Boogie Nights

A sweary hyperactive maritime professional, really very keen on laughing a lot, doing their best to avoid all the trappings of societies' expectations by acting on impulse to any adventurous idea that wafts by. Let's go!

bienvenu, hola, ciao!

04 April 2008

feel the pressure

It's quite a simple, logical water system on Honey Ryder, but logic evaded my helpful, well meaning little hobbit friend as he tried to do a job we have performed several times together like clockwork, but, alas, working alone he forgot when to do what and why and it all went a bit tits-up.

what happens every four months or so is that our accumulator needs a bit of air adding to it to keep the water pump churning away at a nice leisurely Brrrrrrrrrr Brrrrrrrrrrrr, rather than a staccato sounding Brr Brr Brr Brr Brr
its an easy job; switch off the water; switch off the pump; find a bicycle pump; open a tap; attach the pump to the valve on the accumulator and pump two or three times to remove a little bit of water; switch off the tap; resume pumping with the bicycle pump until it goes firm. switch on the water, switch on the pump. Open a tap and see if you have the pressure right by listening to the pump, hopefully purring away like a happy cat.

It is best to avoid this sequence: switch off the water, go and open a tap, switch off the tap, go and switch off the pump, come back and open a tap, pump the accumulator continuously until you get confused why it wont go firm, go and close the tap, come back and resume pumping, get bored of that, switch the pump on, water on and then panic and switch it all off again when the pump makes a very bad B B B B B B B B B B noise. try pumping the accumulator some more, try as many different combinations of the above possible. give up and go out for a meal with partner, look sheepish on arrival home and then wait until midnight just before going to bed to spring the good news to the unsuspecting.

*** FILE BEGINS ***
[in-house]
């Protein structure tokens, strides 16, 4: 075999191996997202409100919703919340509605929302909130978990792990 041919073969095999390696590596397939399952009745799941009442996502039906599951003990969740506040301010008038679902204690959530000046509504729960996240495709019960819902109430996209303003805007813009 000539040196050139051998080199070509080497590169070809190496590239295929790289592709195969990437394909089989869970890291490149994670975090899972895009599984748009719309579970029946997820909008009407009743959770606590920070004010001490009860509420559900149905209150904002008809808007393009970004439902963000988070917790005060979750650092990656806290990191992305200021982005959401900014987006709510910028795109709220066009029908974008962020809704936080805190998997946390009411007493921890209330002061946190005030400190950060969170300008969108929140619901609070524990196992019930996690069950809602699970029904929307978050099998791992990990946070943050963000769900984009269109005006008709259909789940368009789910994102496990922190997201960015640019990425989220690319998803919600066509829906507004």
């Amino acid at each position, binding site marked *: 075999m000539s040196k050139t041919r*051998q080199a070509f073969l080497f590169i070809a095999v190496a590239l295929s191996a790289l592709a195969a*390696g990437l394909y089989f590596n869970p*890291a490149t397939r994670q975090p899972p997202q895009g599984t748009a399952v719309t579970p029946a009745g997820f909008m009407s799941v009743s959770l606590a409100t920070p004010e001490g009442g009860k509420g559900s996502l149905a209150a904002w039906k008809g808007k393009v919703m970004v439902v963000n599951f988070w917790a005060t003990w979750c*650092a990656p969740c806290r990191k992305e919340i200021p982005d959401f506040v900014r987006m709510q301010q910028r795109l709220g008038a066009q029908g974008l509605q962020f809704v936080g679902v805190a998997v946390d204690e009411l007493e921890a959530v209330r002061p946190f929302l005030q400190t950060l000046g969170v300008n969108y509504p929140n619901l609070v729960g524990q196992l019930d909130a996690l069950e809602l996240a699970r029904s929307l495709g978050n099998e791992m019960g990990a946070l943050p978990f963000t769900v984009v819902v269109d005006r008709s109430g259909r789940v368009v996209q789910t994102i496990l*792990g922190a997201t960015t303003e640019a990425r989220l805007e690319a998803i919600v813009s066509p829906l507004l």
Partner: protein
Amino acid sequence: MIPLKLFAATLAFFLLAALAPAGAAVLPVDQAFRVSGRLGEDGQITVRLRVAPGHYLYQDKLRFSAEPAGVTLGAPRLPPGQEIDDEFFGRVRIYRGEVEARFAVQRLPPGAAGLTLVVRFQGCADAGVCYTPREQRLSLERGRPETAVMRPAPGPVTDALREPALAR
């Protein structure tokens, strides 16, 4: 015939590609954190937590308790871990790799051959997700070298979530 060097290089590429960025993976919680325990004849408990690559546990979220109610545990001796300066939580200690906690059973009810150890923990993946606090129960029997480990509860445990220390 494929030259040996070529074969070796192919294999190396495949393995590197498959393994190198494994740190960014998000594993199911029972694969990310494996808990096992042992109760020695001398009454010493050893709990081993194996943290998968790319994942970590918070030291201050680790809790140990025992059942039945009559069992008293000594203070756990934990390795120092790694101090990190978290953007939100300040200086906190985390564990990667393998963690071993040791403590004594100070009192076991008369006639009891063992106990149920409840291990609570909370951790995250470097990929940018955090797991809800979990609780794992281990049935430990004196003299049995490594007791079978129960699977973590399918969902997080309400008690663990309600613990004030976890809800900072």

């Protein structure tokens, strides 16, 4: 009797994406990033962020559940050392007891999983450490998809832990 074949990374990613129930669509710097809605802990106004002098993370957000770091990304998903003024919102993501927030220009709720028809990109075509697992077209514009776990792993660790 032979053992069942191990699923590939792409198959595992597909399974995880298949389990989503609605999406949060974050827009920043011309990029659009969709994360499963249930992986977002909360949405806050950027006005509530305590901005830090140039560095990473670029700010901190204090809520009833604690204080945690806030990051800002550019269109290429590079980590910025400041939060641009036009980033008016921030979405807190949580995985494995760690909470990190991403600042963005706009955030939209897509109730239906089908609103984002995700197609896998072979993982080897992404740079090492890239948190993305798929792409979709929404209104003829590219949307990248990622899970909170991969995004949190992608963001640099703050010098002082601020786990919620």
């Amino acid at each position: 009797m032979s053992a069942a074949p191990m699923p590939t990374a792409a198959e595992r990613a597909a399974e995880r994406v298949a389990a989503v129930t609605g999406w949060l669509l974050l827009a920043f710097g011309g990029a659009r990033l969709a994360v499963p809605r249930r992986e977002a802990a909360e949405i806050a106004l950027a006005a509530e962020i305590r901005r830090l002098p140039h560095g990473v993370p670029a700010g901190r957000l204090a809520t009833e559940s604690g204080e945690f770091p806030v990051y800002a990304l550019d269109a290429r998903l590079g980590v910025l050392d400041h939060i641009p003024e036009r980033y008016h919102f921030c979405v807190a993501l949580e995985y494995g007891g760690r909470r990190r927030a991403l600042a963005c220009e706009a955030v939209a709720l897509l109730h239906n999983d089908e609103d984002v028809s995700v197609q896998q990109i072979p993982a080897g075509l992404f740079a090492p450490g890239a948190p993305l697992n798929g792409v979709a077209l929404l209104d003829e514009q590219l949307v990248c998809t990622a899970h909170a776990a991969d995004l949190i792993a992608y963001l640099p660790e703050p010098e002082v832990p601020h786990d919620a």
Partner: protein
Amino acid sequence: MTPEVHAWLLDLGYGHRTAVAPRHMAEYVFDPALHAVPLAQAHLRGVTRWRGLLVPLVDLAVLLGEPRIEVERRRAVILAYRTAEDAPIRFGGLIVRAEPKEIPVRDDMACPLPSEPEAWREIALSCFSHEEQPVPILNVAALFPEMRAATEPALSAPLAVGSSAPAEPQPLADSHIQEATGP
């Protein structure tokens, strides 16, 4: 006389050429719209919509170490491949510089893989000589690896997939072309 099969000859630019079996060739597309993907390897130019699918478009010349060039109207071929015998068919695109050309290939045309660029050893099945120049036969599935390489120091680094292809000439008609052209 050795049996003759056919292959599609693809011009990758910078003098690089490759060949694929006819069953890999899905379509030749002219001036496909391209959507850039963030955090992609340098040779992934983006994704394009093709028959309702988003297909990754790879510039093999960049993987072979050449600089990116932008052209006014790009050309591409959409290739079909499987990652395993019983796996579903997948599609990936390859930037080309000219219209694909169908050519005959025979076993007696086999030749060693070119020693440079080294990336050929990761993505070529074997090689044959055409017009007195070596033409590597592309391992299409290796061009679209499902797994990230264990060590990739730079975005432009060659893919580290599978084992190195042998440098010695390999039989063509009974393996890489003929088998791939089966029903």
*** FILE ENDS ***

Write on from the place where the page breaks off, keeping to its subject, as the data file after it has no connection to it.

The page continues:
after a few choice cross words, I knelt on my knees with my head pointing into the water pump hole, praying to the boat-maintenance-god that we hadn't actually permanently fucked anything and hoping that my weekend wouldn't be spent visiting chandleries for replacement parts. several minutes more of sitting on the bed looking at the stricken pump, accumulator and dismantled panels with head to one side like a dog that just heard a funny sound, I resolved to go to bed and have a little think about it.

32 hours later the answer came to me, let the bloody air out of the accumulator. Eureka.

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